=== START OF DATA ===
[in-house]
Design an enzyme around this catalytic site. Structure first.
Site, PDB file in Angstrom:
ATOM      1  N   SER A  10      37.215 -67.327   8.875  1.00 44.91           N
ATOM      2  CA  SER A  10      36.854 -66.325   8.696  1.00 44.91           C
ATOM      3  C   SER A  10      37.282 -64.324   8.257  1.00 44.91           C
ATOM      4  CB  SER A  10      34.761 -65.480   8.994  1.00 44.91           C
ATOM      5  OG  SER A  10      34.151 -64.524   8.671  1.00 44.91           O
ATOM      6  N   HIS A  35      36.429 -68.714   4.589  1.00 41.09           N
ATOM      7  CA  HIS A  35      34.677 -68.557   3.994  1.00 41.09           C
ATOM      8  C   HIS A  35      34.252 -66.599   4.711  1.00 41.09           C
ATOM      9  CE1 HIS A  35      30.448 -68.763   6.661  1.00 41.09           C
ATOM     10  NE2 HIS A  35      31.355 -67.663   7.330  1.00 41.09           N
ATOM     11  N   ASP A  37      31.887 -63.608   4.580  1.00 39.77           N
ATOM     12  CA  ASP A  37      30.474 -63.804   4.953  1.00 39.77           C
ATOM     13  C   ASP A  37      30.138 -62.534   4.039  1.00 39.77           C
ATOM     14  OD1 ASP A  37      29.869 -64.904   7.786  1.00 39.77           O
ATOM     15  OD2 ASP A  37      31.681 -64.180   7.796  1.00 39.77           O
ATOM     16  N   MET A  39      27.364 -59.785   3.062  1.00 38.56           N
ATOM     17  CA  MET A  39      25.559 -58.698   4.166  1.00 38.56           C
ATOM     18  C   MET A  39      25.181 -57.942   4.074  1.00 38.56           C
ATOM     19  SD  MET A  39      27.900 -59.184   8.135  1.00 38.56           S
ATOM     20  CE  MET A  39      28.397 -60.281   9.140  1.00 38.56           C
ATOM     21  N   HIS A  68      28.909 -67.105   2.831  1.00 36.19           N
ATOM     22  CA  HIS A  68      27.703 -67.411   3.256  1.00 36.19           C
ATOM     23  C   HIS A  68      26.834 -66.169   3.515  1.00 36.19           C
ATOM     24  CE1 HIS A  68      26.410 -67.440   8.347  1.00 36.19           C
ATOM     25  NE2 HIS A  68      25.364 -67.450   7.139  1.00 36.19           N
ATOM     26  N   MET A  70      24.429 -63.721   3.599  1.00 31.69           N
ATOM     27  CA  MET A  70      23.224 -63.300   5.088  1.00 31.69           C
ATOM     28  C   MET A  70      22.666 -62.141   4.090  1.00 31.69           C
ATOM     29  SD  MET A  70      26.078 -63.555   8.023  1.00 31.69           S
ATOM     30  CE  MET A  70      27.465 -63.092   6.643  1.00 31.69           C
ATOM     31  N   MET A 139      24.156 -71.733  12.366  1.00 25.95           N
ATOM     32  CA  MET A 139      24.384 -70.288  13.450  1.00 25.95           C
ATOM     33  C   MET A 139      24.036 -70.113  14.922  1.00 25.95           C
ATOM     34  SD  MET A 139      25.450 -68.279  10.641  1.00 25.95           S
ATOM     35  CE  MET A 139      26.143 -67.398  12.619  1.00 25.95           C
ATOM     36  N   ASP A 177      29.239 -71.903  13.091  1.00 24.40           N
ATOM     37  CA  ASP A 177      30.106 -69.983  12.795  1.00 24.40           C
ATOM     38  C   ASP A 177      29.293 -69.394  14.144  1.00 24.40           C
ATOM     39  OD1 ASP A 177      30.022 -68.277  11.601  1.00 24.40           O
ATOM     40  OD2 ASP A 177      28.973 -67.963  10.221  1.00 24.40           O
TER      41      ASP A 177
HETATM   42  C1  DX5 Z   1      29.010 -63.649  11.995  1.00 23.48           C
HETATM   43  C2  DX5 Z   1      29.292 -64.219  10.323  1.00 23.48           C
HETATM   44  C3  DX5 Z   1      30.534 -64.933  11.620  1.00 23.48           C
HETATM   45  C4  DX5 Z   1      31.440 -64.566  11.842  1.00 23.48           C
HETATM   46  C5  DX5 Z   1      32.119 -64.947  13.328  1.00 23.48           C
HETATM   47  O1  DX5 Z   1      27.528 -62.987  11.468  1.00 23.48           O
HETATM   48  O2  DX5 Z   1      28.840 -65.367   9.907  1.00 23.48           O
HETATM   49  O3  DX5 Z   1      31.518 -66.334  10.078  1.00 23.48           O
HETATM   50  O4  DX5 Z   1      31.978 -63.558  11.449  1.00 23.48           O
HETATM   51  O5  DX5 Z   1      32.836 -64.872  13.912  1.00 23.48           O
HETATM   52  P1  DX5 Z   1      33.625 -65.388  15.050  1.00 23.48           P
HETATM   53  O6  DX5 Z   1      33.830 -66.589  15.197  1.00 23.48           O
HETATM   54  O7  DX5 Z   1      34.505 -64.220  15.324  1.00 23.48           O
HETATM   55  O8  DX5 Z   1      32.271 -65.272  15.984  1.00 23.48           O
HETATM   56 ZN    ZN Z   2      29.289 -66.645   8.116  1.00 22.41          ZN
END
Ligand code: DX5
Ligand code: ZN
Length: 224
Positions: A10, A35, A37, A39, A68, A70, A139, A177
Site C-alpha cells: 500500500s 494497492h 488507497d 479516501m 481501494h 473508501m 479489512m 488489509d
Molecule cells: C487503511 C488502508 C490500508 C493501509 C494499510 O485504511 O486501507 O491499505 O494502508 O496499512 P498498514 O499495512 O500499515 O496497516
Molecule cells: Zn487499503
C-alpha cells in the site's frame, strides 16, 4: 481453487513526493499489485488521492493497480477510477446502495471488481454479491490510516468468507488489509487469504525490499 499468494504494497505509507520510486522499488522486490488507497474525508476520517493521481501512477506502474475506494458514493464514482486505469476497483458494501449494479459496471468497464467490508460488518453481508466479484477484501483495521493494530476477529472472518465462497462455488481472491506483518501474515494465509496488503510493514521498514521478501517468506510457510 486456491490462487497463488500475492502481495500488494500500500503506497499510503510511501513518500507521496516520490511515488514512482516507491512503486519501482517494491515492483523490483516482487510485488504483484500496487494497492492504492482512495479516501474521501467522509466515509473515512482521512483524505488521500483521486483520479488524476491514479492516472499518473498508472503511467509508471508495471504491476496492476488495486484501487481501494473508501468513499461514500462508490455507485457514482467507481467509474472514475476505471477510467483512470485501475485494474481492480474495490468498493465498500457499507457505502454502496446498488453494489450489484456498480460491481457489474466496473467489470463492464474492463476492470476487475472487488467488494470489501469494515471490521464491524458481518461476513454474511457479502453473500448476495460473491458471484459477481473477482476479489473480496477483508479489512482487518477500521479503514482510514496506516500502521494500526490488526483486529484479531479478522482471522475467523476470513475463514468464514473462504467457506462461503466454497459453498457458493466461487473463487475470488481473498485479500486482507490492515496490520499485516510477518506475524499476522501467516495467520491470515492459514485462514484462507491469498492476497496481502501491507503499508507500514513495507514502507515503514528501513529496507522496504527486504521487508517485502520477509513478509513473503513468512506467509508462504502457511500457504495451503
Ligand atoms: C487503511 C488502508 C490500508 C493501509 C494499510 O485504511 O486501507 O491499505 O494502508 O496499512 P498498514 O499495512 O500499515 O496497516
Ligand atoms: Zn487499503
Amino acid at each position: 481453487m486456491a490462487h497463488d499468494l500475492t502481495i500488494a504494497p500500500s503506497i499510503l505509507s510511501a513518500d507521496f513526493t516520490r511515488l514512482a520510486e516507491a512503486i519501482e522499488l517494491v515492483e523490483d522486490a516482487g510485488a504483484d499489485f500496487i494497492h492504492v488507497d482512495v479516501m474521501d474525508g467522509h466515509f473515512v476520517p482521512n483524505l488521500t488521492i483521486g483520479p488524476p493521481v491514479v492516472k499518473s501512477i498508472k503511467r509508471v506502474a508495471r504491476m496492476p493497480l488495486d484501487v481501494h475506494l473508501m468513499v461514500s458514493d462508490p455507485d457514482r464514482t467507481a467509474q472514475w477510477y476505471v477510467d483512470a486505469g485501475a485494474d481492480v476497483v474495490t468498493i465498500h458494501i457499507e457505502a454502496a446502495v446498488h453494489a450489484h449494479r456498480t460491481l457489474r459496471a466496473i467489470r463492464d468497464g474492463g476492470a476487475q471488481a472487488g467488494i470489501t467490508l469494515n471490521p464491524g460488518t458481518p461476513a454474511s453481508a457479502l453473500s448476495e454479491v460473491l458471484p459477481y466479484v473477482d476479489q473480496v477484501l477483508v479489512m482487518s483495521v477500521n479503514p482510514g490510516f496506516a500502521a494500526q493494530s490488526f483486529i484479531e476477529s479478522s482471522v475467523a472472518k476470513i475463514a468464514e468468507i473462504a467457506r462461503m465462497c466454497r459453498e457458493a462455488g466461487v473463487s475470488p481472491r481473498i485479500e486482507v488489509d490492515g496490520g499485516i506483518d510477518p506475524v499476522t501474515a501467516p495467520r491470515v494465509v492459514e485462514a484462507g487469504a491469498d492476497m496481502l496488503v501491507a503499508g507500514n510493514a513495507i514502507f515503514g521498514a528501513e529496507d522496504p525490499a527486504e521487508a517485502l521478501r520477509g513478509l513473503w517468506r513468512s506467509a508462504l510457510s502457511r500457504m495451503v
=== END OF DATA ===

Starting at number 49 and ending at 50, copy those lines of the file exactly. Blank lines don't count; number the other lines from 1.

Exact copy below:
HETATM   46  C5  DX5 Z   1      32.119 -64.947  13.328  1.00 23.48           C
HETATM   47  O1  DX5 Z   1      27.528 -62.987  11.468  1.00 23.48           O